Interesting links (2011-04-03)

General networking

Protecting the router control plane (RFC 6192): among other goodies, this document has a high-level description of high speed routers (sometimes known as layer-3 switches).

Is the network administrator role going away? I’ve heard the “something is going away” prediction too often in the last 20 years. We just end up doing other (more complex) things.

8 hints for using DNS more effectively – another great post from The Lone Sysadmin.


Yeah, I know, it never stops ... after being ignored for 15 years, IPv6 is becoming as hot as fabrics.

IPv6 Address Assignment to End Sites (RFC 6177) removes the stupid recommendation of assigning /48 to residential end-users. Finally we’re making some progress toward sanity. The /64-per-subnet one is still there.

Windows 7 seems to have weird problems with proper source address selection when using ULA addresses. The “use ULA internally to avoid renumbering” recommendation seems to be on hold ... (thanks for the link, @bobmccouch)

Project L3: Router Advertisements with scapy – teaching kids how to hack IPv6 networks as a science project.

Customer problems that could occur – nice list of things that can go wrong during IPv6 deployment.

IPv6 acceptance: Should you consider IPv4-style solutions? Good overview. It seems HP has pretty rich IPv6 implementation, but my cynical mind never rests.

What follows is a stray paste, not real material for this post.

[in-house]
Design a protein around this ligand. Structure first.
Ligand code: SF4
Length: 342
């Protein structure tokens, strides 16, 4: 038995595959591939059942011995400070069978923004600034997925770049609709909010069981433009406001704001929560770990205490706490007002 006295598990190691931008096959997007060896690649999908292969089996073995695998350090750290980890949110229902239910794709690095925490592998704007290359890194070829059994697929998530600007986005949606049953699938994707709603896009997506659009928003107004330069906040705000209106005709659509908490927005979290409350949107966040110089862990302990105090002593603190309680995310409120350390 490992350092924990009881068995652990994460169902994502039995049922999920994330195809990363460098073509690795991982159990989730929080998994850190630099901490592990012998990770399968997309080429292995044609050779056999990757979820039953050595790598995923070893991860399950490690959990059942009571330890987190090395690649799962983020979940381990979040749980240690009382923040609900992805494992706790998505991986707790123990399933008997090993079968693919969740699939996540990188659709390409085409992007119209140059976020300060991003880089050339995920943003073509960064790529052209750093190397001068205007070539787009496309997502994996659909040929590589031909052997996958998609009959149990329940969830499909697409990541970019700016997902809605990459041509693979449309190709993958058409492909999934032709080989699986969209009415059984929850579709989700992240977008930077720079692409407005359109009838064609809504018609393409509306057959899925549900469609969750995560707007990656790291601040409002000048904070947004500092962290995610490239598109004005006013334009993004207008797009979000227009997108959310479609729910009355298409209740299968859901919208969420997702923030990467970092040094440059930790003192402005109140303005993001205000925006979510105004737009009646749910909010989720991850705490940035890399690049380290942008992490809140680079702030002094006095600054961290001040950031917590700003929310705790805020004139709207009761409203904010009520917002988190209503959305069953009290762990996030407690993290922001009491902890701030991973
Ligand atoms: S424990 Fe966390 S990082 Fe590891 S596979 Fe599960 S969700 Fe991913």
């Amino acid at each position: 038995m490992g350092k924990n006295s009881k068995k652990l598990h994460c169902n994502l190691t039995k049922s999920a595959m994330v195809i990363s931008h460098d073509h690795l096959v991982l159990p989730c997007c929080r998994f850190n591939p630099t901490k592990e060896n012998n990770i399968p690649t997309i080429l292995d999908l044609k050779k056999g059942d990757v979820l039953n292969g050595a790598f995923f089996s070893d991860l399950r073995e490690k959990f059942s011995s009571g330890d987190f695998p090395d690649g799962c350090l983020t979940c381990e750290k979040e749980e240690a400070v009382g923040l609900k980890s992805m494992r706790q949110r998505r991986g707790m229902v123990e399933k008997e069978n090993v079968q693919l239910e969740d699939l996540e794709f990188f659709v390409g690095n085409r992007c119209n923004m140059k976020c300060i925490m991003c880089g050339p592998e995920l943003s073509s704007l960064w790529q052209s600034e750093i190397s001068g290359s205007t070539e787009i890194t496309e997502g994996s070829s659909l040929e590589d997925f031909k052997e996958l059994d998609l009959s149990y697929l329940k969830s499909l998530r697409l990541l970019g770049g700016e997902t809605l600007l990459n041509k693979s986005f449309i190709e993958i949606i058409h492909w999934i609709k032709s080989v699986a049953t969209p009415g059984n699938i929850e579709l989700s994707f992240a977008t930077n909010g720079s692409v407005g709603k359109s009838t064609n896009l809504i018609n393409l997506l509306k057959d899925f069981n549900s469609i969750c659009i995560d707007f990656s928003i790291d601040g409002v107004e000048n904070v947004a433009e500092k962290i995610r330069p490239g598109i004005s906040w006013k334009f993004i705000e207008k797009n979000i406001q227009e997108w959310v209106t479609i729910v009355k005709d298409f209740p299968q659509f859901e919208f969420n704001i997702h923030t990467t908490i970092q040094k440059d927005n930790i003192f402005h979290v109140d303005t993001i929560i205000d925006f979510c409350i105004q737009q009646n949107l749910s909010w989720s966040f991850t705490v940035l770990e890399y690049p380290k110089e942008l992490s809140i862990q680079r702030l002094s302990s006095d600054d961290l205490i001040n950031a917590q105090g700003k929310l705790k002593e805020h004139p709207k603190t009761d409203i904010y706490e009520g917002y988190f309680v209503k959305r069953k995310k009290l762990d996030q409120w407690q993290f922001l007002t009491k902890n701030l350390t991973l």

“While SLAAC does not have as rich a set of parameters as DHCPv6, it is available whenever and wherever your router is.” Means you don’t have DHCPv6 server functionality in your routers, right?

Routing an IPv6 Core on Link-Local Addresses: you can run an entire IPv6 core on link-local addressed ... but just because you could doesn’t mean that you should. Yandy provides a good description of advantages and caveats.

Odd bits and pieces

Teaching kids how to have a discussion. Some adults obviously never got that lesson in the kindergarten.

Jose Leitao from the Initial Draft blog has asked me a few questions about Cisco certifications and my webinars.


  1. great links :) Missing the one, where we got 6to4 to historical status (almost there :) )
  2. Still waiting for the RFC to be published ;)
  3. What is your opinion on CoPP? So far it seems to me like something that will generate a lot of admin overhead for very little protection given a malicious user. Protecting against a malicious user still does not guarantee protection from a malfunctioning legitimate sender.

    It seems like you're damned if you do and damned if you don't!
  4. CoPP is a must in hostile environments (Internet backbones). As with every security feature, you have to balance the costs (configuring CoPP) and the risks (a single malicious user can burn out the router's CPU, causing all sorts of problems, including routing protocol adjacency loss).
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